In the heat of August 1900, Henry Blackwell—rich, handsome, and painfully shy—anticipates the purchase of his companion slave, that most personal of properties, with equal parts excitement and dread. There are limits to what a gentleman might do with his slave and still remain a gentleman, and what Henry craves goes far beyond what’s allowed.
Martin, a slave from House Ganymede, is the most beautiful young man Henry’s ever seen, and he’s ready and willing to do as Henry commands, but Henry’s afraid to ask him for what he really needs. A master needn’t care what a slave thinks or how he feels, but Henry can’t help wanting Martin to like him anyway. If Henry could be certain Martin wanted the same things he does, he might be bold enough to reveal his secrets.
Unfolding against a backdrop of progress, privilege and turn-of-the-century amusements, the four installments of the Ganymede Quartet present an erotic coming-of-age fantasy of Gilded Age New York in which young men from the richest families form intense bonds with the slaves who serve them.
Most Helpful Customer Reviews
After finishing book 0.5 A Superior Slave, I jumped very quickly into this book. I was shocked a bit when I started it because this book is told from Henry’s POV, unlike A Superior Slave which was told from Martin’s. However, after reading this book, I do believe that Glass did a great job at having this book from Henry’s view point because there was so much going on that was about HIM, that if it was told from Martin’s view point, we would have missed so much. It was very interesting the world that Glass created, and how it was completely justified for the wealthy to have slaves. By the time I finished the book, I understood completely why they believed that, and why they practiced it. Henry, there was just something about him that drew me to him right away. I loved his personality and just everything about him. Don’t get me wrong, I still enjoyed Martin’s character, but the battles that Henry was going through – both personal and with his friends – were just so great, and they really added a realistic feel to the story. It didn’t feel as though we were completely immersed into a world that could have never existed, but in a world that really could exist. I do feel for Martin though, with him being on the outside and having no clue what was going on in Henry’s head, he was at a complete loss as to what to do. While it was funny, it was also horrible! I could go on and on about this book as to why I love it so much, but I don’t want to give too much away from the story. So I will leave it at this, if your looking for a new series to fall in love with, this is a safe bet. Go into it with an open mind and get ready to be drawn into the world that Glass has created. Reviewed by Crystal Marie for Crystal’s Many Reviewers *Copy provided for review*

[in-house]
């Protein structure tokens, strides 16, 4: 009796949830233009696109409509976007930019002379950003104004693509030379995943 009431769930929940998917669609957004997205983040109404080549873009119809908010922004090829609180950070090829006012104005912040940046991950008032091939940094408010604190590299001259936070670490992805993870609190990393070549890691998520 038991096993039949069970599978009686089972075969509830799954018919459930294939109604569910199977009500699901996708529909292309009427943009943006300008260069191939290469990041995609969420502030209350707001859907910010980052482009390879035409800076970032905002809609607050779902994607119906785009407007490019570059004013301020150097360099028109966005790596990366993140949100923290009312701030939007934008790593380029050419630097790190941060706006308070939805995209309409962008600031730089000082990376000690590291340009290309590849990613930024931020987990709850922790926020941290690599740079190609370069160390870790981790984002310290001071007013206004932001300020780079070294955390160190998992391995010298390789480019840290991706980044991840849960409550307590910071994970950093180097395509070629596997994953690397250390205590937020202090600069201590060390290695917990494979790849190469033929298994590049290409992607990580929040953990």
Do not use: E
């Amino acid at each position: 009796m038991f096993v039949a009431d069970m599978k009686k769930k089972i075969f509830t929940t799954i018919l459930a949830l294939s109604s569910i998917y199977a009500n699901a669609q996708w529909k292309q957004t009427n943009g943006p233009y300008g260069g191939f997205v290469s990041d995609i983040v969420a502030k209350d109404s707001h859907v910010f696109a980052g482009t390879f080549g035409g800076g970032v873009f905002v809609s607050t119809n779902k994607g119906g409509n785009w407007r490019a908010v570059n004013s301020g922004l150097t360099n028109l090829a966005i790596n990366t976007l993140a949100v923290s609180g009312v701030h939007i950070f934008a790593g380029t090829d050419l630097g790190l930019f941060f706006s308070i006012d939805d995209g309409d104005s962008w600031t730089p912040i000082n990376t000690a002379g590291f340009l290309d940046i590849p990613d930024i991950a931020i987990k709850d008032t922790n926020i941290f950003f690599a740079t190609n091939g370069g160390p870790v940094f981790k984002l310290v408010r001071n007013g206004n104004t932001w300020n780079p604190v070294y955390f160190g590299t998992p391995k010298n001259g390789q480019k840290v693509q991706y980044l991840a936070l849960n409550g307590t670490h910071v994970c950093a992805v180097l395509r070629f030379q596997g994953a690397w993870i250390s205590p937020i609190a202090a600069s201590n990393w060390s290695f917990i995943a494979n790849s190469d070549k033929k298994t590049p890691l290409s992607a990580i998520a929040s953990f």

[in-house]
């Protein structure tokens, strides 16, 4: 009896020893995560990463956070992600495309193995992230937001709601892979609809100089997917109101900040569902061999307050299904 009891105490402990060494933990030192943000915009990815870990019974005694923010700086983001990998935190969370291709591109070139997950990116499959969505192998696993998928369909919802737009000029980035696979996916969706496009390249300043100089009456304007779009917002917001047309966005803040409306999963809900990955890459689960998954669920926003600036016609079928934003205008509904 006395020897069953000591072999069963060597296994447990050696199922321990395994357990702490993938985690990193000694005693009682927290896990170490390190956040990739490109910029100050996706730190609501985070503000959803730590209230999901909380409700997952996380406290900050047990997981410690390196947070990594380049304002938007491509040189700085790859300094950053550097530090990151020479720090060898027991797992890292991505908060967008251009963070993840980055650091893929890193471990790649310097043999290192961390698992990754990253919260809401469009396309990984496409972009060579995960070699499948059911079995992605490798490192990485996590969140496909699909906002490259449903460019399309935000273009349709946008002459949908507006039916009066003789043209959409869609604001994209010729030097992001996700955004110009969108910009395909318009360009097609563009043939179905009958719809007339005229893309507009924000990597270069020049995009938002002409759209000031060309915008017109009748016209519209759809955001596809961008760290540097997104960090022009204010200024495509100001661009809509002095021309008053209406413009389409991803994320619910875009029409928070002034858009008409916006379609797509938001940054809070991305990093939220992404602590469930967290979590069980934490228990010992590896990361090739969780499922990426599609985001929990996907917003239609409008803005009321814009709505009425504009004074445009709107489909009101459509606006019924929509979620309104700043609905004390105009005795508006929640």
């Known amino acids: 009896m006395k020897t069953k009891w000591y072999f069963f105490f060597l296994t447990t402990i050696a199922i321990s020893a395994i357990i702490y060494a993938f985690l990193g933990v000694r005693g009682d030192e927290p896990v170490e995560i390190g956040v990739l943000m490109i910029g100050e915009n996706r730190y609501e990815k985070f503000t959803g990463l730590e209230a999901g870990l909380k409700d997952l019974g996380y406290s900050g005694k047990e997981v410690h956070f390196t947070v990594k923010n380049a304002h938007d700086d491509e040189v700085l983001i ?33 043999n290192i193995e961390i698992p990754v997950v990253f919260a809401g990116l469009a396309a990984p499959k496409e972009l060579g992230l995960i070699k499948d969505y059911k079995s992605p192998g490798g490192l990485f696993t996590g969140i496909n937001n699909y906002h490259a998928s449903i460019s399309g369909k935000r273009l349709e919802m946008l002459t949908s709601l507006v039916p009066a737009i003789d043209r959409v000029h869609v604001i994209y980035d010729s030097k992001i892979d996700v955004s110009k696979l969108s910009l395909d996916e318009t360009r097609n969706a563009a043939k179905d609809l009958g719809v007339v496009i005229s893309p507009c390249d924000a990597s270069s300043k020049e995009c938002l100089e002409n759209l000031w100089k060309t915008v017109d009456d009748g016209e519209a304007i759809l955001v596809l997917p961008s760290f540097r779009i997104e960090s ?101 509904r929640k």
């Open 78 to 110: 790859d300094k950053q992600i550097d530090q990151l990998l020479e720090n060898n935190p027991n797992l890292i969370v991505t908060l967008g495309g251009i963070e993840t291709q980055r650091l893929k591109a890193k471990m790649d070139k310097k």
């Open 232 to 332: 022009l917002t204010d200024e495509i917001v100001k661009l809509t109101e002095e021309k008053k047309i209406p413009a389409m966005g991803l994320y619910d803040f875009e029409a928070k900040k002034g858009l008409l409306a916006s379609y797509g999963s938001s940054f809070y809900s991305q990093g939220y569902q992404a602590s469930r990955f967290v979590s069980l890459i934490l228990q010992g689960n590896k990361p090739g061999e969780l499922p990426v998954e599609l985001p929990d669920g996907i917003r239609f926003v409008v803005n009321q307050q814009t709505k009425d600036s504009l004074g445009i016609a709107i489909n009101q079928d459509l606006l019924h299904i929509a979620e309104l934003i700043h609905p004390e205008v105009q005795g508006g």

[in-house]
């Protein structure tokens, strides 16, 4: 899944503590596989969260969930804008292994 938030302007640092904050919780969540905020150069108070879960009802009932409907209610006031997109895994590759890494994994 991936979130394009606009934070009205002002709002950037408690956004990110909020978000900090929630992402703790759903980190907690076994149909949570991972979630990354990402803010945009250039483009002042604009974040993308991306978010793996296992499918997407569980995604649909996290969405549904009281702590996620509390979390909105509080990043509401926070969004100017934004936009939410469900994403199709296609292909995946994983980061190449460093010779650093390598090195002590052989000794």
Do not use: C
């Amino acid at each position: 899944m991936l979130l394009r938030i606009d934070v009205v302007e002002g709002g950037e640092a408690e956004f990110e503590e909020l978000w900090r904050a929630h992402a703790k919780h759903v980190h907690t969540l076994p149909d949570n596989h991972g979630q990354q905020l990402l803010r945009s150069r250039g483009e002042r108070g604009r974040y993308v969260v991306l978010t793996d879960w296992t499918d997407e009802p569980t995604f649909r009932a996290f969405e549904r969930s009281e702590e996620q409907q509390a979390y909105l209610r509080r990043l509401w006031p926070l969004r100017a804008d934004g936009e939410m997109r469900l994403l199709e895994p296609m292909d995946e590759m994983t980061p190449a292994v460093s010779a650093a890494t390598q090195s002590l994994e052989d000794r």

I loved this book. I read the FREE prequel, A SUPERIOR SLAVE, and adored Martin, the Top Boy of all the Ganymede Companion slaves up for sale in August 1900. It oriented me to the alternate reality/Historical world in which these books are set. In Martin's world, rich people buy slaves for their pubescent children to use as sex surrogates. So, a wealthy boy of sixteen would go to an auction of male Companions. He would purchase one who would become his valet, and trusted life-long Companion, meaning that sexual relations with his Companion was a socially acceptable alternative to low-class whores, unsavory working-class women, or self-polluting masturbation, well at least until he married. At that point his companion would be a personal secretary with no further sexual duties. This story is told from the POV of Henry, a wealthy boy with a big secret. He's queer. He's always desired boys, mostly his best friend Louis's older brother James. He wishes for a Companion, not because he is anxious to have sex--as all his rich friends are--but because he doesn't wish to be different from them, left behind. His nouveau riche father is respected, but Henry recognizes that his social station is tenuous. And, while his friends have all been having chats with their fathers regarding slave ownership, Henry's father has made no mention of it--despite the fact of Henry's father having his own Companion. QUOTE: How humiliating it would be to not have a companion slave! If Father wold not give him one, maybe he would at least allow Henry to go to a different school, some abolitionist institution where his companionless state would not be unusual or shameful. But how would Henry get anywhere in life without a slave of his own? A man of their class without a companion might as well be no gentleman at all. Turns out, Henry worried for naught. His father did in fact plan to purchase a Companion for him. Of course, there is that old chestnut: be careful what you wish for... QUOTE: What Henry wanted out of life was to share something tender with another young man, to reveal his secret self and act out all his shameful fantasies with his precious friend, and he wanted to be able to do this without censure or reproof. Although Henry would never be allowed to have this sort of relationship with another free boy, he could have some of what he wanted with a slave; he would be encouraged to have it, even...However there were limitations on what a gentleman could do with a slave and still remain a gentleman and everyone understood what they were. There would be no kissing, no caressing, no mutuality; such things were the province of fairies and queers, and Henry would not be allowed to become and invert. He wasn't willing to concede he was a fairy, but he might well be queer. Quite the conundrum when he meets Martin at the auction. QUOTE: Every line of his body was taut and graceful. Again, he met Henry's eyes and gave him a shy, beguiling smile. Henry looked away to hide his blush. The boy was so beautiful he made Henry's heart ache. Martin is won at the auction, after a furious bidding war, and Henry is at once elated and frightened. QUOTE: "He belongs to you now." Father reminded him. "He'll attend you at school , of course and Timothy will want to teach him a few things. Beyond that, you may do with him as you see fit." Here, Father cleared his throat. "Within reason." Henry blushed and turned away as Father added in a low voice, "You'll remember what we've talked about. He's a handsome boy, and you're both of an age..." It was too mortifying for words and Henry hoped that Martin hadn't overheard. Even the normal duties of Martin attending as a valet are fraught with troubles for Henry. QUOTE: Martin helped him pull his shirt over his head and put it in the laundry basket with the collar and cuffs. Before Martin could put his hands on Henry's fly, Henry hurried to unbutton his own trousers and let them drop to his ankles; he did not want Martin touching his waist, his hips, his thighs. He did not trust his body to behave in proximity to Martin. He stood in his undershirt and drawers feeling miserably vulnerable and exposed. Martin knelt at his feet, removing Henry's socks. He looked up at Henry and smiled. "Do you change your underthings with your dinner clothes, Sir?" If he said yes, he'd have to be naked in front of Martin. "Uh, no," he said. But none are more problematic as when Martin makes his other, more interesting, purposes plain. QUOTE: "Is there anything I might do for you, Sir?" Martin asked. getting more slowly to his feet. "Anything at all?" When Henry did not immediately answer, he added, "I should be very happy to serve you. That is what I'm here for," in a low, intimate tone. So, while Henry is totally gone for Martin, he's terrified of being found out a queer. While all Henry's friends make hard use of their Companions, Henry is a paragon of restraint. So much so, Henry is afraid Martin suspects something is wrong with him. QUOTE: "Is there anything I might do for you, Sir? You've been so generous with me, Sir. I'd be pleased to be of service." He stood before Henry, hands behind his back, shifting from one foot to the other. He looked so hopeful. He had to be wondering what was wrong with Henry. Maybe he even guessed. Fast forward to the HEA. Because there is one. Henry, slowly, learns to manage his fears--prodded on when one of Henry's classmates assaults Mertin. In the period between, from purchase to service, Henry and Martin develop a solid rapport. Martin is Henry's intimate confidante, and his closest friend. And the passion they later share is only more sweet for all the development. QUOTE: Martin, though, seemed happy with Henry's paltry compliments. He ran his hands over Henry's body, such voracious hands. "You want to be a real lover to me, don't you, Henry?" "Yes," Henry said fervently. "Yes, I do." "Then we'll be lovers, Sir, and no one else need know." No mistakes, this is a scorching read. Not suitable for kiddos, but truly enjoyable for those who like historical romance, and particularly gay romance. I loved the language. I loved the setting, and the period. I loved the long wait, as Henry worked through his fears. I ached for both him and Martin--who is totally smitten with Henry and can't understand why Henry recoils from his subtle advances. I eagerly await the next book in this series.